What is the Registry?
The registry has two basic concepts to be aware of: Keys and Values. Registry Keys are objects that are basically folders, and in the interface even look exactly like folders. Values are a bit like the files in the folders, and they contain the actual settings.
When you open the Registry Editor for the first time, you’ll see a treeview on the left-hand pane that contains all of the keys, with values on the right-hand side. It’s about as simple as an interface gets.
The root-level keys that you see in the left-hand side of the screenshot are important. Each one houses a different set of information, so depending on what you are trying to do, you’ll need to know which section to browse down into.
Windows uses this section to manage file type associations, and it is usually abbreviated HKCR when being referenced in documentation. This key is actually just a link to HKLMSoftwareClasses.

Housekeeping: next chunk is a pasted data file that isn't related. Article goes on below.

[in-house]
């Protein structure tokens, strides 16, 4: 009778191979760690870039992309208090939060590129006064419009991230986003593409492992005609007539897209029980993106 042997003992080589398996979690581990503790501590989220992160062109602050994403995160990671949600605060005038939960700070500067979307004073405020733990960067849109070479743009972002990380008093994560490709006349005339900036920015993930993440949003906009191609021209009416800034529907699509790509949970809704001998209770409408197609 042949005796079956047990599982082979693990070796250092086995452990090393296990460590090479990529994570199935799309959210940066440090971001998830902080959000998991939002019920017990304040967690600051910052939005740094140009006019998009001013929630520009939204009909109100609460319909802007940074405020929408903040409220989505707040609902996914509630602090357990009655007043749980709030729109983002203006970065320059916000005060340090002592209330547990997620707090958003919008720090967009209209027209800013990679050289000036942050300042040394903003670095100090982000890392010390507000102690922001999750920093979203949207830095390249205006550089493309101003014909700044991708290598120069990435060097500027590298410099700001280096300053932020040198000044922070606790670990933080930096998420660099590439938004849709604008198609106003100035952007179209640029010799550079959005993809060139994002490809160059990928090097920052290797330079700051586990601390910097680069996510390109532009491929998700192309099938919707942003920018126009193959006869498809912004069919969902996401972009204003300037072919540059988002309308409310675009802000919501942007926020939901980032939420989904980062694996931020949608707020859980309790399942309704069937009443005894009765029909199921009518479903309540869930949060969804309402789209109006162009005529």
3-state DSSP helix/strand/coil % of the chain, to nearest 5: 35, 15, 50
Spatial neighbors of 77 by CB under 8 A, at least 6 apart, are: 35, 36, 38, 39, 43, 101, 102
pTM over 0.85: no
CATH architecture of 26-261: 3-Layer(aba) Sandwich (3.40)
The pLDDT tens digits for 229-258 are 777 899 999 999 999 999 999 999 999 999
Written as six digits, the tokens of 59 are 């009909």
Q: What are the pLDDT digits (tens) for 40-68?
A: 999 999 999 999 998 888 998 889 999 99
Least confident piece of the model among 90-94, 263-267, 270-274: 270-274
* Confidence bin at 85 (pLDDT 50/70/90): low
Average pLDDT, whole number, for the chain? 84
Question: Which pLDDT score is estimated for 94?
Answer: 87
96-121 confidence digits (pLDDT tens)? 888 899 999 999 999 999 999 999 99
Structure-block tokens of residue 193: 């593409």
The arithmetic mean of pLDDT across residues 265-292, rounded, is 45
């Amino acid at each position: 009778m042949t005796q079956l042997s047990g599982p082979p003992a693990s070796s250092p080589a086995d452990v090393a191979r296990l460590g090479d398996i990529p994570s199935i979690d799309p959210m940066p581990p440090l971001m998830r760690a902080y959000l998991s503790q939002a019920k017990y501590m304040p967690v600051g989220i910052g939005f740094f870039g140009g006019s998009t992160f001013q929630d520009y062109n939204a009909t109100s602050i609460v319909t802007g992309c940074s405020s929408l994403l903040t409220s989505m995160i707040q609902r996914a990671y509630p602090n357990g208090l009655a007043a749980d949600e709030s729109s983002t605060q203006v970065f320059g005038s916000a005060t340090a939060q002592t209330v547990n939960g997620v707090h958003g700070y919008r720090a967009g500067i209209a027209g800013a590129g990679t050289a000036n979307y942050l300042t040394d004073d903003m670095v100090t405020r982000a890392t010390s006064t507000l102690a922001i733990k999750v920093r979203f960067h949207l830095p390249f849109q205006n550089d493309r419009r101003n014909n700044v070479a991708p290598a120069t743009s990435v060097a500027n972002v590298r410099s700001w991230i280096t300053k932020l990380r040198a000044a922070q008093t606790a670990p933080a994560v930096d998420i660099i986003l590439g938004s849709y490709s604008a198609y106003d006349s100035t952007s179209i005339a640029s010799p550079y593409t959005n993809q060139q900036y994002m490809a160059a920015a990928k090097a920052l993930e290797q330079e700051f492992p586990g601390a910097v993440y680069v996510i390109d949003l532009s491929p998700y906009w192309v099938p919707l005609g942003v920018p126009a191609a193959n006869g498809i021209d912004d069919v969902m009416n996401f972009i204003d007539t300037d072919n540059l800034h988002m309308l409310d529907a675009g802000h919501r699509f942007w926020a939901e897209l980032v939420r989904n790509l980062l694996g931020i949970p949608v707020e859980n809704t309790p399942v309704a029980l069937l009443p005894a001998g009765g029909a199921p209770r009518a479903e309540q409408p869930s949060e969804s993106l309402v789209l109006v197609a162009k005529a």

You can also use this section if you want to tweak the context menu for a particular file type.
Holds the user settings for the currently logged in user, and is usually abbreviated HKCU This is actually just a link to HKEY_USERS
All of the system-wide settings are stored here, and it is usually abbreviated as HKLM. You’ll mostly use the HKLMSoftware key to check machine-wide settings.
Stores all of the settings for all users on the system. You’ll typically use HKCU instead, but if you need to check settings for another user on your computer, you can use this one.
Stores all of the information about the current hardware configuration. This one isn’t used very often, and it just a link to HKLMSYSTEMCurrentControlSetHardware ProfilesCurrent.